The occasional upset stomach is normal in pets. Maybe they ate too many table scraps, or they just can’t seem to stay regular. Whatever the cause, pumpkin is a good place to start.
This fiber-rich food is the gold standard for treating mild cases of constipation and diarrhea. Every pet parent should keep a can of pumpkin puree in their pantry!
Check out the science behind pumpkin’s healing powers and how to add it to your pet’s diet to help their digestion.
How pumpkin heals the digestive tract
Pumpkin is the best natural remedy for diarrhea in pets. This magical food is packed with soluble fiber, which means it absorbs lots of water in the pet’s intestines. Soluble fiber treats diarrhea by adding bulk to the stool and reducing its water content. For this reason, many vets recommend a few scoops of pumpkin whenever pets experience an upset stomach.
On the flip side, pumpkin is also an effective treatment for constipation. The soluble fiber loosens hard stool, making it easier to pass through the intestines. The softening abilities of pumpkin help prevent more serious conditions like impacted feces in the colon. In just a few days, pumpkin can get your cat or dog’s bowel movements back into a consistent rhythm.
Pumpkin also regulates bowel movements by promoting a healthy gut microbiome. The fiber in pumpkin is a prebiotic that activates and feeds healthy bacteria in the pet’s intestines. Soluble fiber protects these good bacteria by maintaining a lower pH level. A large population of healthy bacteria limits how many pathogens dwell in the digestive tract. Balanced gut microbiomes reduce digestive problems like constipation and diarrhea.
How to give pumpkin to your pet
There are several forms of pumpkin you can give to your cat or dog. Canned pumpkin is the most popular option because it’s widely available at grocery stores. Be sure to buy plain pumpkin puree—not pumpkin pie filling. Canned pie filling contains spices, added sugar, artificial flavors and xylitol. Xylitol is a sweetener that’s very toxic to cats and dogs. Even a small amount can prove fatal. Get plain pumpkin without the extra stuff!
If your pet is a picky eater, you might try feeding them pumpkin powder. Pet stores sell pumpkin in powdered form to make it more palatable. Alternatively, pet parents could steam fresh pumpkin. The only downside to fresh pumpkin is it contains more water and less fiber compared to canned pumpkin puree. Canned pumpkin is a lot more concentrated and yields the best results.
The amount of pumpkin you give depends on the pet. For example, the average medium-sized dog can tolerate somewhere between one and four tablespoons of pumpkin puree at each meal. On the other hand, cats should only eat one to four teaspoons per day. Start with the lowest dose, then monitor how your pet responds to the pumpkin. If their digestive system tolerates it well, you can slowly increase the dose at each meal time.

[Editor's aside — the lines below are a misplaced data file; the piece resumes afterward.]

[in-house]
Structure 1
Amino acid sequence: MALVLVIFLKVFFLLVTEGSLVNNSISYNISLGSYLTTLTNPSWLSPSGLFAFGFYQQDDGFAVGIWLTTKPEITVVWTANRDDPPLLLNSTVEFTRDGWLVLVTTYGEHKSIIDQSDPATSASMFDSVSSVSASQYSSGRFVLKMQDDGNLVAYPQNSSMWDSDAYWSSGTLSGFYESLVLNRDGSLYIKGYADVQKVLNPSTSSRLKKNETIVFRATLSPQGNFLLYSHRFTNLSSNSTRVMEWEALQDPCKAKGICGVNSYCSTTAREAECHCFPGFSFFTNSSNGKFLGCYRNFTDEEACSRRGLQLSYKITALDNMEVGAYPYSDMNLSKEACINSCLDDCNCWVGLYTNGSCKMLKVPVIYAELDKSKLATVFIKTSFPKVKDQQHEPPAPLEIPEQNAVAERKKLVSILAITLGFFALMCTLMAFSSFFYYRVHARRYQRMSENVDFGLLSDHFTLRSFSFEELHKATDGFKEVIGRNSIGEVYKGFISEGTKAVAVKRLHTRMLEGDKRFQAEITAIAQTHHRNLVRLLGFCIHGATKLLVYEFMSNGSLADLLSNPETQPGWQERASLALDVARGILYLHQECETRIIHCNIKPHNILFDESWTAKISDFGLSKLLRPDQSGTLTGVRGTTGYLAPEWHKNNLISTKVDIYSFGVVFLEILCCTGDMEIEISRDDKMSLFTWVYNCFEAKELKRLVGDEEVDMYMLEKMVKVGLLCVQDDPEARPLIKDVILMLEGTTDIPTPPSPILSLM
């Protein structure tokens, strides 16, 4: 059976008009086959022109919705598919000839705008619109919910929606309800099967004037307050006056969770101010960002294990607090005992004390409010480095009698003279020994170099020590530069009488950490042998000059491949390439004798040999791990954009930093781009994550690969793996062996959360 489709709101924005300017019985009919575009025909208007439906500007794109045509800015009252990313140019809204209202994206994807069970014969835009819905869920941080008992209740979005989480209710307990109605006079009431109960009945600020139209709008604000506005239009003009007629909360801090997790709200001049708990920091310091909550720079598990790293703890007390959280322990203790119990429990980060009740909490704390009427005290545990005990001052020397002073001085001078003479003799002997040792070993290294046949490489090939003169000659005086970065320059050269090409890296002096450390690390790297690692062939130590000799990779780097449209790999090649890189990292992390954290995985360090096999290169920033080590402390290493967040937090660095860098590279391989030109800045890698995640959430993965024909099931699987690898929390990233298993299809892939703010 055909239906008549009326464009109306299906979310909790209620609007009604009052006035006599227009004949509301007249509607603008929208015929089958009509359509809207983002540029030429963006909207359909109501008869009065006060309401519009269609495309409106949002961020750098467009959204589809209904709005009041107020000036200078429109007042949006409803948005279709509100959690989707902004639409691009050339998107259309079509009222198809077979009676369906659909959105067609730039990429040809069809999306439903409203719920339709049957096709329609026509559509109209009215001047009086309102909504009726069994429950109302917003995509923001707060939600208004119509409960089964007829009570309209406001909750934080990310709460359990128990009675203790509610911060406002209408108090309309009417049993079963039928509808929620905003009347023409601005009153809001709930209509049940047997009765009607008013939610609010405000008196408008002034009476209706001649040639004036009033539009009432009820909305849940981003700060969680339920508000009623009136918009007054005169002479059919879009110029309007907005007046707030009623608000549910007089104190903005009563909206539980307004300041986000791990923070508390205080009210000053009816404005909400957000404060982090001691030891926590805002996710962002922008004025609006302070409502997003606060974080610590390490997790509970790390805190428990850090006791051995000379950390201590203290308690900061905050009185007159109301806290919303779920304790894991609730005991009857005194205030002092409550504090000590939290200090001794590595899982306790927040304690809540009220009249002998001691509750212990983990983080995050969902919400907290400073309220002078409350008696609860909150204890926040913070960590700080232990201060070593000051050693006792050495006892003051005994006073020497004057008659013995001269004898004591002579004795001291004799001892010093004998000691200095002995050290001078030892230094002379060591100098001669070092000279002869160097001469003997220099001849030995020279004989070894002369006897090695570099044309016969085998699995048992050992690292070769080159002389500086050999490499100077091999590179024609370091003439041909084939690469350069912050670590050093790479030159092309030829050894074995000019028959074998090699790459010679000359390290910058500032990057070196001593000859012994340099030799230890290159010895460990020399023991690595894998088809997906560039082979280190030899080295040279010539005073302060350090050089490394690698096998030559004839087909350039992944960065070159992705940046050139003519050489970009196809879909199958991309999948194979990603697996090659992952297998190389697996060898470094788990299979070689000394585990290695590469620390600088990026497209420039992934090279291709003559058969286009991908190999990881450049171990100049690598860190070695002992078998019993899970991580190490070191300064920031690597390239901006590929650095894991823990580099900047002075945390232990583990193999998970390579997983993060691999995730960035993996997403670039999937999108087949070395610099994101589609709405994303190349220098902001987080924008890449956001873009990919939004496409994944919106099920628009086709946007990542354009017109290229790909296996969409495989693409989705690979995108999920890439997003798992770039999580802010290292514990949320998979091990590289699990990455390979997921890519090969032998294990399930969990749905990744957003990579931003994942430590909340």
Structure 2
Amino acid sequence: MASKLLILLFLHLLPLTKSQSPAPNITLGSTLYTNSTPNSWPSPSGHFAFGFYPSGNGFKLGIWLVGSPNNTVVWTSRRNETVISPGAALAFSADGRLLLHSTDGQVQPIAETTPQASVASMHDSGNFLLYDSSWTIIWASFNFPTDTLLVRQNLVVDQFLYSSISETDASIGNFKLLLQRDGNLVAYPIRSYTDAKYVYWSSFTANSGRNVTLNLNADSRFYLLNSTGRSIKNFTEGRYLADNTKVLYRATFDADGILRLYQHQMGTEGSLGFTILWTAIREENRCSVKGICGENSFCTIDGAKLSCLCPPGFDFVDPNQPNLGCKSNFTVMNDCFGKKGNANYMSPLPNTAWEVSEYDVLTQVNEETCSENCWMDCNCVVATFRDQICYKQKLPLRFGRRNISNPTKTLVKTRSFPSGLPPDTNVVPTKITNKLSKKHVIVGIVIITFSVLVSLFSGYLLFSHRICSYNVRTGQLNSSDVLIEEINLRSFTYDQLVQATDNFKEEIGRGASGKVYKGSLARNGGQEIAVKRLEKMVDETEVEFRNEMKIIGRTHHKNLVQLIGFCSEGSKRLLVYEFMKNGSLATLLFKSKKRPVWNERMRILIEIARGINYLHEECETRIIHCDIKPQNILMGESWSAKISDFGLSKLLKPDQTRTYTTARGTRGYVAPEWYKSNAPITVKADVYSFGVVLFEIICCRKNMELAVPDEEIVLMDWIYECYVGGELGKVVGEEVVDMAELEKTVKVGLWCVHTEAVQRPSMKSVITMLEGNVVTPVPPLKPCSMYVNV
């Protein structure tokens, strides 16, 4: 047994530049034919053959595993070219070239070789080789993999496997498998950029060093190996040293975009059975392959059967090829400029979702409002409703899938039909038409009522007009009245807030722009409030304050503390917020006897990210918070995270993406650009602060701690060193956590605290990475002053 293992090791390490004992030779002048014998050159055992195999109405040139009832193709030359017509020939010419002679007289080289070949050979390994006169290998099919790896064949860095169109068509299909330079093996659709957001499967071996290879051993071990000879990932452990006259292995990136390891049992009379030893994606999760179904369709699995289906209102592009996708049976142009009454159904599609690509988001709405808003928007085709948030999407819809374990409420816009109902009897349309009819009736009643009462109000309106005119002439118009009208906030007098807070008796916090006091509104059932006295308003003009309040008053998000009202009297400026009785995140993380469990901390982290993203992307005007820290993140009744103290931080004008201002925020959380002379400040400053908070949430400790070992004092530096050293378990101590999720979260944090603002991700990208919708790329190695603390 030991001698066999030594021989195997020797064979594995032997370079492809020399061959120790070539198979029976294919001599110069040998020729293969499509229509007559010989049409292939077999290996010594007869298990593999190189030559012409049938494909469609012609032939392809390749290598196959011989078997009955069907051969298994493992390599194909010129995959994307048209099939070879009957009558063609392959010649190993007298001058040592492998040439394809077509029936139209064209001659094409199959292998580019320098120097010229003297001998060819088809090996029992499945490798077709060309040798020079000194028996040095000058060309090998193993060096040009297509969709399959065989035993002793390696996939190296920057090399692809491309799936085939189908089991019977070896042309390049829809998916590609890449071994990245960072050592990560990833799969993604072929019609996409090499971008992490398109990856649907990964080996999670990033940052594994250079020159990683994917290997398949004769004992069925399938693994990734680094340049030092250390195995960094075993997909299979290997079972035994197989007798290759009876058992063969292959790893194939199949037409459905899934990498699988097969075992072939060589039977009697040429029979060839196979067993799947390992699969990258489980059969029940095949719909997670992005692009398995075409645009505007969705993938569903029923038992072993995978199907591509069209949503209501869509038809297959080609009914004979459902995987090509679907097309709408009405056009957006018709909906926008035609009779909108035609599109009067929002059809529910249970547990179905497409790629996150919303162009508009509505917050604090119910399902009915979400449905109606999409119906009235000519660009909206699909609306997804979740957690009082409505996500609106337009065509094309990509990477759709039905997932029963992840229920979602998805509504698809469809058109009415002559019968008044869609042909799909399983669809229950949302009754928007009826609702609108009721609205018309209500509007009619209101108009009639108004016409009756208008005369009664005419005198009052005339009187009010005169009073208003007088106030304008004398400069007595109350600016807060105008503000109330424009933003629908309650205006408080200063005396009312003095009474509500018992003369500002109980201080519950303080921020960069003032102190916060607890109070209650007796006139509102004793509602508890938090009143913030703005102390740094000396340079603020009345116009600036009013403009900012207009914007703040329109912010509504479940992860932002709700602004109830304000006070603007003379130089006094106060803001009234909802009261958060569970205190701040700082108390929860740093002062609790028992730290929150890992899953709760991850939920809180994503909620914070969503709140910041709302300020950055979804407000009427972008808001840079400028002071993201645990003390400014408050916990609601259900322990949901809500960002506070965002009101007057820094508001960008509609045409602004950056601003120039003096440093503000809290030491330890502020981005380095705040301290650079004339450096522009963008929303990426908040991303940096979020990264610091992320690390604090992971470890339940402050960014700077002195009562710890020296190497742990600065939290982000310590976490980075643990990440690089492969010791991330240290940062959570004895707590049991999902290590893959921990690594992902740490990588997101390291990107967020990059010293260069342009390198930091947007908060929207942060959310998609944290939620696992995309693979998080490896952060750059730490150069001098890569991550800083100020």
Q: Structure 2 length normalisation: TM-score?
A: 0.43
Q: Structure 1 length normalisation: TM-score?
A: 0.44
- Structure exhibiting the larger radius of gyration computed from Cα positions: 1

Always consult a vet before making changes to your pet’s diet. While pumpkin is safe for cats and dogs, administering the wrong dose can exacerbate digestive symptoms. A vet can determine the correct dose of pumpkin based on the pet’s weight, medical condition and severity of the digestive upset. Depending on the cause of constipation or diarrhea, your vet may recommend treatment beyond a few scoops of pumpkin.
When to see a veterinarian
Pumpkin is a wonderful remedy for mild digestive problems. However, it can’t solve every health concern in the gastrointestinal tract. Some situations are considered an emergency and require prompt medical attention. For instance, a pet may experience diarrhea due to an intestinal blockage. Foreign materials like plastic or chicken bones can get stuck, which irritates the intestinal lining and produces excess mucous in the pet’s stool. If your pet is having diarrhea for longer than a day or two, seek veterinary help.
Also speak with a vet if your pet goes three or more days without producing a bowel movement at all. In severe cases, pumpkin may not be enough to relieve constipation. Cats, in particular, are at risk for impacted feces because they need less water to survive. Unfortunately, impacted feces can eventually lead to megacolon. Megacolon occurs when hard feces accumulate and stretch out the colon. This weakens the colon muscles, making it difficult to pass stool. Megacolon is a serious condition that may require surgery to correct.
No pet parent likes seeing their fur baby in distress. The reality is that every pet will experience mild digestion problems to some extent. When your pet has an upset stomach, pumpkin might be the perfect solution.